The array of potatoes that greets you at the supermarket generally falls into three categories: Boilers, bakers, or all-purpose potatoes.
Most potatoes grown in Idaho are Russets easily distinguished by their smooth russet color and characteristic oblong shape. Their only mark of authenticity as Idaho potatoes is the seal, "Grown in Idaho", placed on each bag of potatoes by The Idaho Potato Commission, the potato marketing arm of the State of Idaho.
Other familiar names among the more than 30 varieties of "Grown in Idaho" potatoes include: French fingerling, Ida Rose, purple Peruvian and Yukon gold.
Russets are most sought after for baking, frying, and concocting the most delicious mashed potatoes imaginable.
Russets are preferred for baking because, when carefully baked, they produce a fluffy moist interior most receptive to a wide choice of toppings, and a crisp and flavorful skin.
On the other hand, the relatively high starch, low moisture potatoes fall apart easily when boiled, but there are some delicious advantages to be taken.
Russets make the best traditional potato salad when their creamy texture is combined with mayonnaise, eggs, and loaded with crunchy vegetable bits like celery, pickles, and onion.
Russets also fall apart in soups with delightful results. Cubes of Russets not only flavor a vegetable soup, but add a comforting richness and flavor.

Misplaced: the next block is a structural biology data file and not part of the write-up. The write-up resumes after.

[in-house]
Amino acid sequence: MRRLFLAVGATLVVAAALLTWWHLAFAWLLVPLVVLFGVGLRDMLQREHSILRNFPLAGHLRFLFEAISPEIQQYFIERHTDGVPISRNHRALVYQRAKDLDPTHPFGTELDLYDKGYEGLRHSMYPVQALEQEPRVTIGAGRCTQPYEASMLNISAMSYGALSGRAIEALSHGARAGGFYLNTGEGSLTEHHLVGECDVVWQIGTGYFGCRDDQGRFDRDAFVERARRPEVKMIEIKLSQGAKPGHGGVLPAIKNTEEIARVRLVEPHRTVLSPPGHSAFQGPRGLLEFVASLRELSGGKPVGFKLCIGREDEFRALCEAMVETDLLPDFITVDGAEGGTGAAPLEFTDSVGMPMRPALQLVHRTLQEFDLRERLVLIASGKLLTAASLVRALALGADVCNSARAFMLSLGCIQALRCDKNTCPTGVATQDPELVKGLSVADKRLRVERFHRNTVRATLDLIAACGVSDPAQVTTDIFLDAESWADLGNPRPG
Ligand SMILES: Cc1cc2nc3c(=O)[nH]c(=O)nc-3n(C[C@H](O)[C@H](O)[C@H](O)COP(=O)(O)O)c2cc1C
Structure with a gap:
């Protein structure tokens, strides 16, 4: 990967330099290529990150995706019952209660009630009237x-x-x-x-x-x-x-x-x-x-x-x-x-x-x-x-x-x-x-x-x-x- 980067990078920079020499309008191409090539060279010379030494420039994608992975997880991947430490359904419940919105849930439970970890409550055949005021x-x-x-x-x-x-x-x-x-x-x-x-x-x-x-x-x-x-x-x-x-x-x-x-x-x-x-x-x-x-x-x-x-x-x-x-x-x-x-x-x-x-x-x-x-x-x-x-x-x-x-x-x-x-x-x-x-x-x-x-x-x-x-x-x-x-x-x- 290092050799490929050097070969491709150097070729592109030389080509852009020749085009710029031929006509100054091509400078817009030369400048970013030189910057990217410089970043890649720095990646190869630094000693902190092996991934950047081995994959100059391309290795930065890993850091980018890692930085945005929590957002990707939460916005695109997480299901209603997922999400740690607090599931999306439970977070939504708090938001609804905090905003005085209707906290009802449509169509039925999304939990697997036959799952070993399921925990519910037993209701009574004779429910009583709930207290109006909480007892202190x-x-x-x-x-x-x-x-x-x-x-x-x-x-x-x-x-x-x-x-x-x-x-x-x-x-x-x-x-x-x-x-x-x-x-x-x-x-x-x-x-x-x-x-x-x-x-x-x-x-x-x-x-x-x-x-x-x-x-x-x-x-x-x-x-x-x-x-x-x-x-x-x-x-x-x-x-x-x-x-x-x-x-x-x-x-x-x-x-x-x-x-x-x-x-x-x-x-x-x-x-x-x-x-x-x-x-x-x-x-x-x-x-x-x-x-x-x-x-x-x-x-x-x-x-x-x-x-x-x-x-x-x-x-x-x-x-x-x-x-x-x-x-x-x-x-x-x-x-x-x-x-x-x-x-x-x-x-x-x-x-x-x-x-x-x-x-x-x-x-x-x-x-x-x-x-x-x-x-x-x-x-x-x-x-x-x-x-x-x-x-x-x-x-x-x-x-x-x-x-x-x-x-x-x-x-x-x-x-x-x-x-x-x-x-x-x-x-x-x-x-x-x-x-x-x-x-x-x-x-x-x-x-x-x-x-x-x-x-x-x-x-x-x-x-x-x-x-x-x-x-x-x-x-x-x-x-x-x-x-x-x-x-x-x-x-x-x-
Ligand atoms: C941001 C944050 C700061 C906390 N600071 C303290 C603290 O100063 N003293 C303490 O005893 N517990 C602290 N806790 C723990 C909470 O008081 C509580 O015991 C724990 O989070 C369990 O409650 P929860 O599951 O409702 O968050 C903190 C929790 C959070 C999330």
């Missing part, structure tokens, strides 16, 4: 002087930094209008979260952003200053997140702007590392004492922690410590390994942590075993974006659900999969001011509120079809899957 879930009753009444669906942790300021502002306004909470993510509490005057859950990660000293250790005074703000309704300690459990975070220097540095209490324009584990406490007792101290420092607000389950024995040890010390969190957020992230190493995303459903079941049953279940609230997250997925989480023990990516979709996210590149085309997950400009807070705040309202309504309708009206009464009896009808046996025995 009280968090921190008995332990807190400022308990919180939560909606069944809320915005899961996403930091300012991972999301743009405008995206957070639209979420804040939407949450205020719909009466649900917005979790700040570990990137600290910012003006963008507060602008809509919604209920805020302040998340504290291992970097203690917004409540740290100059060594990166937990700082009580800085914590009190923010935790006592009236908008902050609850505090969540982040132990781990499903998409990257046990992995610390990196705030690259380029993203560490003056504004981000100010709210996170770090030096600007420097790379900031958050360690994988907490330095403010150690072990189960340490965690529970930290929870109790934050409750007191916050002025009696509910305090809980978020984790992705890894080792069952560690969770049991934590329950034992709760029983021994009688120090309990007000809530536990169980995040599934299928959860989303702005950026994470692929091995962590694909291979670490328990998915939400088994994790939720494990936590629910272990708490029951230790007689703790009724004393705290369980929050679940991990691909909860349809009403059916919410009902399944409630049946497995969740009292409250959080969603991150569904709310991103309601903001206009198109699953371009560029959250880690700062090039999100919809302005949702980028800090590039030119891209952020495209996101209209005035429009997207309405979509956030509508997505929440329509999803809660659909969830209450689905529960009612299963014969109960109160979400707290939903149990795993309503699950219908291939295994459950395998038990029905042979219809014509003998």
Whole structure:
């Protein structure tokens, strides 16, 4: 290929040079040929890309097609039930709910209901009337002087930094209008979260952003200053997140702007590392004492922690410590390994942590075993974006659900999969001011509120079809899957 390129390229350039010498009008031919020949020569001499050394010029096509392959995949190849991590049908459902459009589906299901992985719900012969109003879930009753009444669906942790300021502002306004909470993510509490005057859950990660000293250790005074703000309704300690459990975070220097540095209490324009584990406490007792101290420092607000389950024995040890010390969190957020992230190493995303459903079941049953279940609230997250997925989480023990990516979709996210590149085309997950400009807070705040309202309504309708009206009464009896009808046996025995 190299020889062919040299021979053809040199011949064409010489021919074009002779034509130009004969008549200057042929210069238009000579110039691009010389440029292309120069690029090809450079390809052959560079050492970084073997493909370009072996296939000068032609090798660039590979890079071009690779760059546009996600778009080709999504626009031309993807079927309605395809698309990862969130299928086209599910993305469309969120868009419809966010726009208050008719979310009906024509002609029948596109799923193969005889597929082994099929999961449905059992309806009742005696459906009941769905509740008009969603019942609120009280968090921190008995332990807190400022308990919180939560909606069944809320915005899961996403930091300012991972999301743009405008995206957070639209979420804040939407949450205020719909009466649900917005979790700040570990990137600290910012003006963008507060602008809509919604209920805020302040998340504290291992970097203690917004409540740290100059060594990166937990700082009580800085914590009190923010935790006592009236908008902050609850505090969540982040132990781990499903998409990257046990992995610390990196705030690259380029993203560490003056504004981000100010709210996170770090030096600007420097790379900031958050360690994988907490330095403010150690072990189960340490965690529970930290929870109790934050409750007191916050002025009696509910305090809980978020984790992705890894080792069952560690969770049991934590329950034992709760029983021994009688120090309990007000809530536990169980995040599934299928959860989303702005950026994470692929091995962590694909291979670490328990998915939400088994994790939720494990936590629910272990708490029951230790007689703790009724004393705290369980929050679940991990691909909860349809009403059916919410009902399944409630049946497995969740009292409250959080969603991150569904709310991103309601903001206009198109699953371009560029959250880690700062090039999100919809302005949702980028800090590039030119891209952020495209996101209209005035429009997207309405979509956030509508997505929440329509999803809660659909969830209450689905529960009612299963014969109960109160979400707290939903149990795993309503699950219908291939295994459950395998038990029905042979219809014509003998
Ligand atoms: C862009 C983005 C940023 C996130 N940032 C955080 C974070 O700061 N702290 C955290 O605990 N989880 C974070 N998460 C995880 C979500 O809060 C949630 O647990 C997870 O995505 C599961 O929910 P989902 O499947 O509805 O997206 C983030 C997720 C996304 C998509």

Vichyssoise made with Russet potatoes is likely to be especially smooth and creamy with a full satisfying flavor even when chilled to an almost icy texture.
Russet potatoes are highly recommended for frying. After soaking and rinsing, properly cooked Russet potatoes produce the best crisp-on-the outside, creamy-on-the-outside French fries.
These smooth, round, red or white potatoes are often called Idaho potatoes, but are more aptly referred to as "new" or boiling potatoes because the waxy, low starch, high moisture potatoes are not old enough to have developed very much starch or the basic characteristics of their variety. These "new" potatoes usually appear early in the year and are not related to longer growing late season varieties of small potatoes.
New potatoes tend to hold their shapes when cooked in soups and stews or boiled and used for salads. They are delicious standouts when cooked together with root vegetables, like parsnips, carrots, and turnips, to accompany roasted meat and fowl.
These potatoes seem at their best when taken from the soil while still new and underdeveloped and gently steamed in their skins and finished with butter and a generous sprinkle of herbs or a cream sauce.
These are potatoes that fall somewhere beneath "new" or Russet potatoes in quality and cost and are often commonly referred to as Idaho potatoes. Visible characteristics of the potatoes might be the best guide for determining their use.
It is easy to understand the popularity of potatoes. They always seem to be in generous supply in interesting varieties waiting for good cooks to explore the delicious possibilities of potatoes.